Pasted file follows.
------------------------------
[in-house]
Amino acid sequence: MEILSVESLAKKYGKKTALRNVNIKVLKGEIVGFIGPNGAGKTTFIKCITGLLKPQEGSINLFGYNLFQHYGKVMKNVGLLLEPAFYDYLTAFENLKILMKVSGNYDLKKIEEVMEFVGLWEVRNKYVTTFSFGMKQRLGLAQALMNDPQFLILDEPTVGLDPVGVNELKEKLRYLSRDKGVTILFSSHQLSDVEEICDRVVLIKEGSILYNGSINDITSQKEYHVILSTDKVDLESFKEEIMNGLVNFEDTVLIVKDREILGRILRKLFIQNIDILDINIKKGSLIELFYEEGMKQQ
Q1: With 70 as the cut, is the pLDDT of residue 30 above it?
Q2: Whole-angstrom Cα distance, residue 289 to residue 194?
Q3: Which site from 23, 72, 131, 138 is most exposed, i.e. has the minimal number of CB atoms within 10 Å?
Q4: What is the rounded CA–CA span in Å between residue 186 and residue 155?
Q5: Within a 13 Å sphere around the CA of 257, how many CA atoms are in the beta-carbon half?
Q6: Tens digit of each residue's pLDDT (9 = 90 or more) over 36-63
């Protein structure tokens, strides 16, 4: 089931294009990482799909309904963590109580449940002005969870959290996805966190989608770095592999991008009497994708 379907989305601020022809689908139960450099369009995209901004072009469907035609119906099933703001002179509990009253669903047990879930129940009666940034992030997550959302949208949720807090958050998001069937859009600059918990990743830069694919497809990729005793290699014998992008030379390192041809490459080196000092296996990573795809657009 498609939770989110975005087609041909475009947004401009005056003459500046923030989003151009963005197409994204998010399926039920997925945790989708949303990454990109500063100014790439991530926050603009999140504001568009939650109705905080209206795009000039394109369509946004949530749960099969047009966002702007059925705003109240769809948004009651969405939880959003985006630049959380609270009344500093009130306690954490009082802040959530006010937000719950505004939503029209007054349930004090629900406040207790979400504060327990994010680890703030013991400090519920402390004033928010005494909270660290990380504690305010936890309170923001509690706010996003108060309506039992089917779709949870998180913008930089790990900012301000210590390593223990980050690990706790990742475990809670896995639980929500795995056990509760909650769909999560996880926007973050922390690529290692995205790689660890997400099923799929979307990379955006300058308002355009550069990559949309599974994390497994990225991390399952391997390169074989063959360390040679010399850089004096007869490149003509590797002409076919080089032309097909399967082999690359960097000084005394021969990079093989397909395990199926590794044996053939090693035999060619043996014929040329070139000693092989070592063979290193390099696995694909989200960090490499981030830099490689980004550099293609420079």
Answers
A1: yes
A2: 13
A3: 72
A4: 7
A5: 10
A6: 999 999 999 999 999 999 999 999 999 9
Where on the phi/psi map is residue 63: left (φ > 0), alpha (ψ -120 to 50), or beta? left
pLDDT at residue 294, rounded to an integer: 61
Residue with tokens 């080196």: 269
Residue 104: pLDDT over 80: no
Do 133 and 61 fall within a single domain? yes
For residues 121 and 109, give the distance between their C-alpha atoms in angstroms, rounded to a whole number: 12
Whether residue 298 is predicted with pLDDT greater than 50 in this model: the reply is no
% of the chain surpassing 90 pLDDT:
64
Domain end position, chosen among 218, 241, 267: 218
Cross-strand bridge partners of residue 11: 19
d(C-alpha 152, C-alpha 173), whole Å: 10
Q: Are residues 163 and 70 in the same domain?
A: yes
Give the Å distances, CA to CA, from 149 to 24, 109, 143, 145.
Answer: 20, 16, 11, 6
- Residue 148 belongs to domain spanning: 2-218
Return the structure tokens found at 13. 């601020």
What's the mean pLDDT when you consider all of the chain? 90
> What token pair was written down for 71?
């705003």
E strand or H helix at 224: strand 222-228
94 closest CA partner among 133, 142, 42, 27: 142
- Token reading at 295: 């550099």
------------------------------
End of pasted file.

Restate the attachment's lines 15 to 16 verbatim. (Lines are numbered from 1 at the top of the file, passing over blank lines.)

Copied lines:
A5: 10
A6: 999 999 999 999 999 999 999 999 999 9